Prior to the rematch it was said in this space how two things would unfold when they met the second time. Quoting from the June 20th TSS preview:

Based on the strategic options for both, Canelo has more room to be better and change things up to level the fight. And then there’s the business side of the equation and I’ve been around too long to fathom that if it’s closer this time GGG will get the decision. A Canelo win sets the rubber match up perfectly because in the eyes of boxing fans and PPV buyers they’ll view them as being 1-1. For the reasons stated above, as much as I’d like to be wrong (and there’s no fun pouring cold water on something so widely anticipated), I don’t think that will be the case. It’s a monumental reach for me to think GGG can win a decision unless he beats Canelo beyond recognition – which I don’t believe he can. Therefore Canelo-GGG goes the distance and Alvarez, being more competitive this time, gets the decision and that sets up the rubber match for Cinco De Mayo weekend 2019.

The fact is, Canelo being the more versatile fighter completely flipped the script after fighting mostly in retreat and with his back to the ropes during most of their first encounter. His aggression and willingness to stand his ground the way GGG did the first time, projected that Canelo was the more willing fighter and he was obviously rewarded for that. Granted, Golovkin really dug down and showed his strong constitution during the second half of the fight after being told by his corner he was losing. He fought a terrific fight, as did Canelo, but it wasn’t enough for GGG because he left too many rounds up for grabs, which was suicide with Canelo forcing the fight.

The result shouldn’t have come as a surprise to anyone, especially since the fight was so close and could come down to whose style you liked better or who you were rooting for. There was no definitive winner of this fight. Sure, a draw would’ve been a fair call. The problem with that, however, is that Team Golovkin knew they had to be more assertive and erase any semblance of doubt this time, due to GGG being excoriated in some circles for not getting off enough in the last bout and never slamming the door to prevent Canelo from tightening the fight with a rally, the way he did down the stretch. This time GGG got off a little more, but that was because he was mostly fighting to prevent Canelo from overwhelming him with his aggression. In a way it’s ironic how Canelo accepted the challenge and fought Golovkin in a more macho way and it knocked Golovkin off his game.

One tries not to be redundant, but like the NFL, NBA, NHL and MLB…..boxing is a business and is star driven. Saul “Canelo” Alvarez is a superstar fighter in the eyes of the boxing establishment and many fans. There’s no guesswork needed to grasp that it’s good for business for him to keep winning. His determination, skill and toughness exhibited against a monster like Golovkin might endear him to fans more than ever. Canelo fought a better fight than the first time and put to rest the rumor that he was aided by PEDS.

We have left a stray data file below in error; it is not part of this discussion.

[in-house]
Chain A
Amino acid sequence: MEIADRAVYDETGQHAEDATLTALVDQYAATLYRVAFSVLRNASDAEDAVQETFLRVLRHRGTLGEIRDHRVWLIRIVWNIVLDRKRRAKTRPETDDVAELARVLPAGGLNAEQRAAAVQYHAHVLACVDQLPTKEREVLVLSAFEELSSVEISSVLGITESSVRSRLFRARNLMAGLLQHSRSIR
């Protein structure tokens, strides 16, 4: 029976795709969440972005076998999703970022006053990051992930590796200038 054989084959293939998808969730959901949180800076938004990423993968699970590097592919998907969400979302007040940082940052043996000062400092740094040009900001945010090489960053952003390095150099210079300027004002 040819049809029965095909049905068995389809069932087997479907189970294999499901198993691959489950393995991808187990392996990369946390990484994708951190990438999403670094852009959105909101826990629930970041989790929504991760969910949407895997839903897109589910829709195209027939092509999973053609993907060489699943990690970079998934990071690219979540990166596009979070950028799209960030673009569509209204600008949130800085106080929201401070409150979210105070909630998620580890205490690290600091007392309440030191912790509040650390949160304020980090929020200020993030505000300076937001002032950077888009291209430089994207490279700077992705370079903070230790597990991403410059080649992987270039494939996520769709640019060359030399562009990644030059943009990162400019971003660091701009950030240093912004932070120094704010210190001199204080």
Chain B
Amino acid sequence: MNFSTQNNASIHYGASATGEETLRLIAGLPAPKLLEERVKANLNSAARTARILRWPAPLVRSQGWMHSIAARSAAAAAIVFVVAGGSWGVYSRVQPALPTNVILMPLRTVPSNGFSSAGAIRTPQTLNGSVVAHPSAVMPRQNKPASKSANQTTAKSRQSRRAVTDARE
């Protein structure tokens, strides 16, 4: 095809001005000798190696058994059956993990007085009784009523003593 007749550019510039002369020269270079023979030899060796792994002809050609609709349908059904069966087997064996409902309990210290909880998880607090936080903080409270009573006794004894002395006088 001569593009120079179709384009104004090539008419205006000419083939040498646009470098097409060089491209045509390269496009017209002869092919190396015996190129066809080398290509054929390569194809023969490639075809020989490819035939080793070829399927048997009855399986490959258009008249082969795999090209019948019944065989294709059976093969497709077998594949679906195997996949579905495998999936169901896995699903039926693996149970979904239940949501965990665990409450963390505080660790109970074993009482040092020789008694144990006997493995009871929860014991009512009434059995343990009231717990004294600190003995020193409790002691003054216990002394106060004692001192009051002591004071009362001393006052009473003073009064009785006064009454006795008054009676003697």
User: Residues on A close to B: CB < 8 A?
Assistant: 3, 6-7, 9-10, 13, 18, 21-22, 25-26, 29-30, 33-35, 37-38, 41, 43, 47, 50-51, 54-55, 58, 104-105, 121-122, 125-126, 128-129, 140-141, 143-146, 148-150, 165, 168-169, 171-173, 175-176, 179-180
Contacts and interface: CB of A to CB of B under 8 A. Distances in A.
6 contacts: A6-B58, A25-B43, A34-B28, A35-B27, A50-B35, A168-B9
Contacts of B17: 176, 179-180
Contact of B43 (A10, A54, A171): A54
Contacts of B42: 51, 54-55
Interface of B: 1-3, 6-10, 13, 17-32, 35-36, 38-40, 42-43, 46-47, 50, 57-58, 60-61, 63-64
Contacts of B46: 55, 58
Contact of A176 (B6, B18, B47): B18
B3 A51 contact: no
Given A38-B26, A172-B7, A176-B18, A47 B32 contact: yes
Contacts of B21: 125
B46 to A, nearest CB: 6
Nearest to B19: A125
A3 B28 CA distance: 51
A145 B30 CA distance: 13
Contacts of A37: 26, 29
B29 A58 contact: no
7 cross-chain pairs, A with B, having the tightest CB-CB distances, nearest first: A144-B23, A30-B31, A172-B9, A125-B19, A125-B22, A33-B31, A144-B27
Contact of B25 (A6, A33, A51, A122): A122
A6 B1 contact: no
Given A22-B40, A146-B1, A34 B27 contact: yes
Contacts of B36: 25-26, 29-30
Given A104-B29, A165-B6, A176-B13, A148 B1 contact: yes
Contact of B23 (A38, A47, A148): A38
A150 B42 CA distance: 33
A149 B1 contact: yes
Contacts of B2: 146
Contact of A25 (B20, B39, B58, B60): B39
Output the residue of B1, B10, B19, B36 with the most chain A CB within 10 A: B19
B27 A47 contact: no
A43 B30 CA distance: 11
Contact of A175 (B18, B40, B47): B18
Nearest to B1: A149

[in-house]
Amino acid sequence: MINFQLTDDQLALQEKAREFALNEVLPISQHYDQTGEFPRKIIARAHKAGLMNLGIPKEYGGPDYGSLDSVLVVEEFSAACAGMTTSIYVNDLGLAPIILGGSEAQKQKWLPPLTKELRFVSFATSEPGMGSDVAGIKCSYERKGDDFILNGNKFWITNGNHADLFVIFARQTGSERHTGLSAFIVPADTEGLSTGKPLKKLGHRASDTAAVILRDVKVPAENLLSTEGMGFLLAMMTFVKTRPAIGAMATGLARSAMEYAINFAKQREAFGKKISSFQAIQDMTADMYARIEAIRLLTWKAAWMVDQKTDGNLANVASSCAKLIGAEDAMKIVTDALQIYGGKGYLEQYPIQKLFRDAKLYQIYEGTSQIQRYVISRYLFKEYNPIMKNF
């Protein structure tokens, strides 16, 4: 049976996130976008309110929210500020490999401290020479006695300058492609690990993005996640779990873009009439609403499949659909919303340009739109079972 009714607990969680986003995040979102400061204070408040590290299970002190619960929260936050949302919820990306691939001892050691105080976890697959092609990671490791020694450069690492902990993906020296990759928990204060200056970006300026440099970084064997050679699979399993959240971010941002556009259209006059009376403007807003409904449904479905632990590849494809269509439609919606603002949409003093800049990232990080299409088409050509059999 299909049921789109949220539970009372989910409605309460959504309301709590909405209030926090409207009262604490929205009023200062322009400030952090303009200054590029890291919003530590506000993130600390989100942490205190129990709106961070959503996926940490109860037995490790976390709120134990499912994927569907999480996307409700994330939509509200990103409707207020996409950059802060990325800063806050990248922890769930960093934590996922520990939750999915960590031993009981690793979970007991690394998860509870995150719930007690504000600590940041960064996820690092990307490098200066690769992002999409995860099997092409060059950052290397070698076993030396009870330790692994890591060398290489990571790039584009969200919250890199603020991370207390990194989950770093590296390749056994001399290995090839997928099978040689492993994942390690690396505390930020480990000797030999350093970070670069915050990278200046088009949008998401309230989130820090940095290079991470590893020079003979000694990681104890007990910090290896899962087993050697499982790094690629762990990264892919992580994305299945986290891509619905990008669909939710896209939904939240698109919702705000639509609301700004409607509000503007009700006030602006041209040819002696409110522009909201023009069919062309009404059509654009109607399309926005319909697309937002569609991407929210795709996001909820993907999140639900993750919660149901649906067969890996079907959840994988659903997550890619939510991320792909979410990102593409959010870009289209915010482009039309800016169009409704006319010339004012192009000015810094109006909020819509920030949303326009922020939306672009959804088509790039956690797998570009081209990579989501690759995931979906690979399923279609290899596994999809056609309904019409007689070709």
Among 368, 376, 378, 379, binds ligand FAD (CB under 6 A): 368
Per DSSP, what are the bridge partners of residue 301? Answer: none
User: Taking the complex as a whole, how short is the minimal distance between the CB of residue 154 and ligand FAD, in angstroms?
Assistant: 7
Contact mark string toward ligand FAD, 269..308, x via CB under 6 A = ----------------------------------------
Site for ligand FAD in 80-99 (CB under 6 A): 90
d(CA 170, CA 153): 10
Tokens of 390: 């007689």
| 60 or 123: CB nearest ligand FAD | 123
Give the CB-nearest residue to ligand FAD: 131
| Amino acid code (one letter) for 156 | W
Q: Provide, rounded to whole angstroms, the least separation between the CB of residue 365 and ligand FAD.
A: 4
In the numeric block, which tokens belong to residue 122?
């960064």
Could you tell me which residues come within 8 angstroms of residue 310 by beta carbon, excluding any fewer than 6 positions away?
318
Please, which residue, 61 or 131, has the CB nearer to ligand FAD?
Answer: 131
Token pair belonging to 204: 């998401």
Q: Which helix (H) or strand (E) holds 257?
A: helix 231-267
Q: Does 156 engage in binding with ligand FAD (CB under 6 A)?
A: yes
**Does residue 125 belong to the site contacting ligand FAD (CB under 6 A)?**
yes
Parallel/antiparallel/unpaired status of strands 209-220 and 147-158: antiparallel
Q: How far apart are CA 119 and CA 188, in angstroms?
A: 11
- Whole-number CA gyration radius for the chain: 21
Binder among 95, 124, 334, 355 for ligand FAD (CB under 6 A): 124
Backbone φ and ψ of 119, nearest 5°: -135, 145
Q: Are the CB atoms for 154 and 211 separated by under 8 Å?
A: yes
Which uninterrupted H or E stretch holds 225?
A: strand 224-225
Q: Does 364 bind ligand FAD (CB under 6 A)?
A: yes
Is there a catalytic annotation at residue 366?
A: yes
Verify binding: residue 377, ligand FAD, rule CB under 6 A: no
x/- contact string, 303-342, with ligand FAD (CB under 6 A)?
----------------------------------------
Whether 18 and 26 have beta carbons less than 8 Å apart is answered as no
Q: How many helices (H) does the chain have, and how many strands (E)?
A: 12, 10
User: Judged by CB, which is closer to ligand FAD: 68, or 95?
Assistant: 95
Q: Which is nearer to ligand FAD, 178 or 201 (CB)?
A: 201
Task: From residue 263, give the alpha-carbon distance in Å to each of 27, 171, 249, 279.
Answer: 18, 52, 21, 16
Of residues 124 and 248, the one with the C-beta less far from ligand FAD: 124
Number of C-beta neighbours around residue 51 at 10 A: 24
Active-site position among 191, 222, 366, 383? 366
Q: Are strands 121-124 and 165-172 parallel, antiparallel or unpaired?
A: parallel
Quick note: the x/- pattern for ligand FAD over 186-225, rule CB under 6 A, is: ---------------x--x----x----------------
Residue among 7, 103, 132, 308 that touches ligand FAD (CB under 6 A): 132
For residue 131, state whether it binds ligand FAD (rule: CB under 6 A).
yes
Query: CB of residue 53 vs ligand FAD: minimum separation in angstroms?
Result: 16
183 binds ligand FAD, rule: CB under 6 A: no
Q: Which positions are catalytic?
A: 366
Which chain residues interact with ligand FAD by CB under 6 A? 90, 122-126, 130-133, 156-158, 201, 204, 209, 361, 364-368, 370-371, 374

The net result is exactly what the boxing establishment, not the fans, needed. And that was a win for Canelo in a fight where it was tough to pick the winner with Canelo acting as more the predator than the prey. By forcing GGG to break more exchanges, working both the body and head, along with never appearing tired or overwhelmed, it was just enough to win the borderline rounds in the eyes of the judges and tilt the fight in his favor. In fact, Golovkin, over Canelo’s protest, had Dave Moretti as a judge for the fight. He was the only judge who scored the first clash for Gennady. And this time he scored it for Canelo and may have tipped his hand when he gave the 12th round to Canelo, perhaps knowing it could swing the fight in his favor….and it did.

This decision cannot be lambasted like others we’ve seen. GGG didn’t suffer a loss of esteem in losing and Canelo finally has a statement win over a marque fighter. They’ll fight a third time and it will be perceived as a rubber match. Golovkin will be almost another year older and less than what he was this past weekend and Canelo will win more conclusively while avoiding the young lions nipping at his heels named Charlo, Saunders and Andrade.

Because boxing is and always has been star driven, Gennady just can’t put enough separation between he and Canelo to get the decision. Their rematch is one of the few fights I’ve seen that really could’ve gone either way – it’s just that a push usually goes to the combatant who is better for business.

The next time there’s a real close fight on paper, and it’s unlikely to end in a knockout or stoppage, you must ask what result better sets up the next big bout. The formula isn’t fool proof. De La Hoya-Trinidad and Pacquiao-Bradley I are glaring exceptions, but more often than not you’ll cash your ticket. In this case a Canelo win sets up fight three more than a Golovkin win would’ve….and knowing GGG won’t walk away from the fortune at stake, he’ll go for it.

Photo credit: Tom Hogan / Hoganphotos / Golden Boy Promotions

Between 1977 and 1982, Frank Lotierzo had over 50 fights in the middleweight division. He trained at Joe Frazier’s gym in Philadelphia under the tutelage of the legendary George Benton. Before joining The Sweet Science his work appeared in several prominent newsstand and digital boxing magazines and he hosted “Toe-to-Toe” on ESPN Radio. Lotierzo can be contacted at GlovedFist@gmail.com